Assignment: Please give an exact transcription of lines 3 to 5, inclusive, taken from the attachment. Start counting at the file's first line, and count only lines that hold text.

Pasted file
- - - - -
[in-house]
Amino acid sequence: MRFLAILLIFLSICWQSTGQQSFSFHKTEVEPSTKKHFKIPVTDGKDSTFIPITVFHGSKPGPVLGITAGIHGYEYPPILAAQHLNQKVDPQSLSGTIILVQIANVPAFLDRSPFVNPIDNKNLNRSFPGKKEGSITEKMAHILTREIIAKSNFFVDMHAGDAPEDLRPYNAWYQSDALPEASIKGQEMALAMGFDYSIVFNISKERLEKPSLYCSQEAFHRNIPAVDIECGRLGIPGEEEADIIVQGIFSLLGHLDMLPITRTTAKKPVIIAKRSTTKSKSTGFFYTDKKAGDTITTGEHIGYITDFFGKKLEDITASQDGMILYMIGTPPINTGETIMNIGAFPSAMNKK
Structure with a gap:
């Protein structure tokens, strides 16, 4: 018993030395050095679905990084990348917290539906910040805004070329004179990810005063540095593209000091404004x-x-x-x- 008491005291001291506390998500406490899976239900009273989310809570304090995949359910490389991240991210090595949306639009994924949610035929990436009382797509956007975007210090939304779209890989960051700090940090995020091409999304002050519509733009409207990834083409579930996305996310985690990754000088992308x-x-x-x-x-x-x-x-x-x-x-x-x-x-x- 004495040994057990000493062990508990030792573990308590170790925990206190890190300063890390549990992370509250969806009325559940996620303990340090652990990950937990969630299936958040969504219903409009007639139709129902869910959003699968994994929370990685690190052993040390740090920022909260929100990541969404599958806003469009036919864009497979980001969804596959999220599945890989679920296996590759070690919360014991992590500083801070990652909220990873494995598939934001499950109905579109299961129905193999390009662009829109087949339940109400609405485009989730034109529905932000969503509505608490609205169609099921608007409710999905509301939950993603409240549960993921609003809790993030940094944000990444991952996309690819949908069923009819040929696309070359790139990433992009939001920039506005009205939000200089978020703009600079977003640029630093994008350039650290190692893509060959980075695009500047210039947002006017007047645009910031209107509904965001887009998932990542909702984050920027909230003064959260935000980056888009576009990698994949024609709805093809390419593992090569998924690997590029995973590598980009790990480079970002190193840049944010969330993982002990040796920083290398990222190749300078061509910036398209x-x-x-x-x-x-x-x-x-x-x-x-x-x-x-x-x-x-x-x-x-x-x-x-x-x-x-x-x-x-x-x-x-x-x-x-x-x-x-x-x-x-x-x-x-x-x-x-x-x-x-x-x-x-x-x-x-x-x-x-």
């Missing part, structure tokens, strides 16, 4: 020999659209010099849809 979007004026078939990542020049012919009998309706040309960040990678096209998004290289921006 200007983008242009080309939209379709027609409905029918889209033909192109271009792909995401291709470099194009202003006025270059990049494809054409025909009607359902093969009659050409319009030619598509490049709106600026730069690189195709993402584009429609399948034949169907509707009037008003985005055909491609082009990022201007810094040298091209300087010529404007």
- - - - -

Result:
Structure with a gap:
């Protein structure tokens, strides 16, 4: 018993030395050095679905990084990348917290539906910040805004070329004179990810005063540095593209000091404004x-x-x-x- 008491005291001291506390998500406490899976239900009273989310809570304090995949359910490389991240991210090595949306639009994924949610035929990436009382797509956007975007210090939304779209890989960051700090940090995020091409999304002050519509733009409207990834083409579930996305996310985690990754000088992308x-x-x-x-x-x-x-x-x-x-x-x-x-x-x- 004495040994057990000493062990508990030792573990308590170790925990206190890190300063890390549990992370509250969806009325559940996620303990340090652990990950937990969630299936958040969504219903409009007639139709129902869910959003699968994994929370990685690190052993040390740090920022909260929100990541969404599958806003469009036919864009497979980001969804596959999220599945890989679920296996590759070690919360014991992590500083801070990652909220990873494995598939934001499950109905579109299961129905193999390009662009829109087949339940109400609405485009989730034109529905932000969503509505608490609205169609099921608007409710999905509301939950993603409240549960993921609003809790993030940094944000990444991952996309690819949908069923009819040929696309070359790139990433992009939001920039506005009205939000200089978020703009600079977003640029630093994008350039650290190692893509060959980075695009500047210039947002006017007047645009910031209107509904965001887009998932990542909702984050920027909230003064959260935000980056888009576009990698994949024609709805093809390419593992090569998924690997590029995973590598980009790990480079970002190193840049944010969330993982002990040796920083290398990222190749300078061509910036398209x-x-x-x-x-x-x-x-x-x-x-x-x-x-x-x-x-x-x-x-x-x-x-x-x-x-x-x-x-x-x-x-x-x-x-x-x-x-x-x-x-x-x-x-x-x-x-x-x-x-x-x-x-x-x-x-x-x-x-x-």
């Missing part, structure tokens, strides 16, 4: 020999659209010099849809 979007004026078939990542020049012919009998309706040309960040990678096209998004290289921006 200007983008242009080309939209379709027609409905029918889209033909192109271009792909995401291709470099194009202003006025270059990049494809054409025909009607359902093969009659050409319009030619598509490049709106600026730069690189195709993402584009429609399948034949169907509707009037008003985005055909491609082009990022201007810094040298091209300087010529404007």